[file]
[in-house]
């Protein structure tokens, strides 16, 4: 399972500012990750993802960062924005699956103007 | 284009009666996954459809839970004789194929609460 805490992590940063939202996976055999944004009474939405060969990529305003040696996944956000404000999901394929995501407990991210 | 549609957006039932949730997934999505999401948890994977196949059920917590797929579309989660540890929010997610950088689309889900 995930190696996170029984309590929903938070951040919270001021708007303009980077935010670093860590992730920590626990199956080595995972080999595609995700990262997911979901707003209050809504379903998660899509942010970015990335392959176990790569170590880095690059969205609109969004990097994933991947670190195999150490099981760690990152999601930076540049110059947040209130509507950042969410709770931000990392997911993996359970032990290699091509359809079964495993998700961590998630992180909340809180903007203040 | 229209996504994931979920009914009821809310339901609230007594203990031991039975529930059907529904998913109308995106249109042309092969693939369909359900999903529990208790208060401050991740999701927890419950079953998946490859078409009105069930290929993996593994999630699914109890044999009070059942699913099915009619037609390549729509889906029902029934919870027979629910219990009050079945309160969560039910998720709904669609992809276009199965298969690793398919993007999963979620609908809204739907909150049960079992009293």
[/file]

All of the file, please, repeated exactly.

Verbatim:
[in-house]
């Protein structure tokens, strides 16, 4: 399972500012990750993802960062924005699956103007 | 284009009666996954459809839970004789194929609460 805490992590940063939202996976055999944004009474939405060969990529305003040696996944956000404000999901394929995501407990991210 | 549609957006039932949730997934999505999401948890994977196949059920917590797929579309989660540890929010997610950088689309889900 995930190696996170029984309590929903938070951040919270001021708007303009980077935010670093860590992730920590626990199956080595995972080999595609995700990262997911979901707003209050809504379903998660899509942010970015990335392959176990790569170590880095690059969205609109969004990097994933991947670190195999150490099981760690990152999601930076540049110059947040209130509507950042969410709770931000990392997911993996359970032990290699091509359809079964495993998700961590998630992180909340809180903007203040 | 229209996504994931979920009914009821809310339901609230007594203990031991039975529930059907529904998913109308995106249109042309092969693939369909359900999903529990208790208060401050991740999701927890419950079953998946490859078409009105069930290929993996593994999630699914109890044999009070059942699913099915009619037609390549729509889906029902029934919870027979629910219990009050079945309160969560039910998720709904669609992809276009199965298969690793398919993007999963979620609908809204739907909150049960079992009293």